What is colorism?
Colorism is a global social and cultural construct that enables discrimination based on skin color, it also refers to differential treatment or favoritism which is common in ethnic and racial groups presumed on skin color.
THE POISONOUS ROSE
Is colorism a thing in Kenya? has to be the question of the century. Not because of the context, especially now, but because its answer is pretty obvious to the many who have experienced it. This question is the easiest and yet the hardest at the same time. Perhaps it is because it offers the privilege to some and oppression to others.
Skin color privilege is as real as it gets. It is deeply rooted in us as Kenyans that unfortunately, we are unable to discern it. It seems to have grown in us and has become a part of us. It has played a huge role in shaping how we perceive ourselves because dark skin shades are deemed unattractive and ugly. Beauty standards are normally set by lighter shades hence the esteem of many black girls is shattered. One’s body image can be completely shifted due to colorism.
In 2019, our very own Oscar-winning actress, Lupita Nyong’o divulged her experience with colorism in Kenya. Speaking on BBC News night, she stated that colorism is the daughter of racism. She added that her younger sister, who is lighter than her, was always called beautiful. She saw it fit to pen down her encounter in her book, Sulwe. This children’s literature book accounts for a young black girl battling with self-esteem issues and wishing she had lighter skin.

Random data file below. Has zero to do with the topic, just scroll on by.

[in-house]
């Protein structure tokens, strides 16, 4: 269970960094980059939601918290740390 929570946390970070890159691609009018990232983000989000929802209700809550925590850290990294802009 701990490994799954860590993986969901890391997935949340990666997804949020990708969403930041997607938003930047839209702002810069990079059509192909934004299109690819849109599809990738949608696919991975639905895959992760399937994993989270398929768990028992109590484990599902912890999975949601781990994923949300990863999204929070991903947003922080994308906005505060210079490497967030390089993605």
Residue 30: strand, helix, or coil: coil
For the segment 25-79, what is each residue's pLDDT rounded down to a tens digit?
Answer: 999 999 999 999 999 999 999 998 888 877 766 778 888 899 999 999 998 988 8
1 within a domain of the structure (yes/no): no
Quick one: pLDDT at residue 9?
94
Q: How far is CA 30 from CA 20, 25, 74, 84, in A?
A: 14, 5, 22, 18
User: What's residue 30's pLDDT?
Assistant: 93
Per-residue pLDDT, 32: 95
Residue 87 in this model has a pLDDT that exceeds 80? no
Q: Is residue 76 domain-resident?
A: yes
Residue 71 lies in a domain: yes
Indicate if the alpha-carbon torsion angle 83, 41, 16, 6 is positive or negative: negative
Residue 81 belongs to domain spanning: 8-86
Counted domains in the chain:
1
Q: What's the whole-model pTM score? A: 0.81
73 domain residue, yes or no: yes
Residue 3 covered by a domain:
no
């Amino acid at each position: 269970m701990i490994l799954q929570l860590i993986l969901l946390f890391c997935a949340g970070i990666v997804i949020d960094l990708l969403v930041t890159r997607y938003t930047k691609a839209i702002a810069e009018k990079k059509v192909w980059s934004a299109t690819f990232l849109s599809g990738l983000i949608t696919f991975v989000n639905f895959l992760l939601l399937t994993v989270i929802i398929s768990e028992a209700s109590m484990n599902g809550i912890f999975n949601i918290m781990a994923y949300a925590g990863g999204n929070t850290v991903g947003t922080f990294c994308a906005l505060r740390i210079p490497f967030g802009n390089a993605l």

“ I once auditioned for something on TV, and I was told I was too dark to be on television,” the 12 Year A Slave actor, recalled. One can only image the irreparable damage it caused her.
In 2020, Elsa Majimbo, a comedienne,also shared her account on her encounter with colorism in Kenya. She has risen to greater heights, from People’s Choice Awards and Forbes 30 under 30. However, to her, home is not where its best. Ms Majimbo received what was far from support from her country people and as she spoke to Naomi Campbell, she revealed the ugly side of the Kenya’s colorism.
Far be from it that she was merely holding a pity party. Elsa was just shedding a light. She disclosed that many Kenyans made her feel like her chance of succeeding was very low based on how she looks.
It is also colorist for light skinned men to be associated with weakness. You must have heard the term, “Tall, dark and handsome” which has been used to describe the perfect man. If a man is too light, he is not man enough. This is colorist. It is wrong to attribute the value and beauty of a man on his skin color.
Media mogul Yvonne Okwara penned down her painful personal experience with colorism in 2020. She recalls how she has had to work twice as harder than light skinned girls, to get to where she is. She also revealed that favoritism based on skin color occurs many times in the media industry. As a dark skinned woman, she is required to use her brains because she does not have the “beauty.”
“You are too pretty for a dark skinned girl,” is a really pathetic backhanded compliment and colorist at that. The slang “rangi ya thao” ought to be disbanded.
The phrase which is thrown on many light skinned women, shows how much value in beauty standards, they are given.
Kenya has a long way to go to win the fight against colorism. We need to see each other as one, and stop this discrimination. No one is above the other, especially not on the basis of our skin color.Are we still in the early stages of denial? Are we still wondering if colorism is here, in our motherland? Or is it just dissimulation? We are our own enemies if we cannot see the issue and join hands to fight it.
It is rampant and it is eating through our very core. Our silence dictates compliance. We mustn’t sit and watch as colorism grows deeper and deeper everyday. Both skin complexions are beautiful. Now that we know better, we should do better.
BY CHRISTINE OMONDI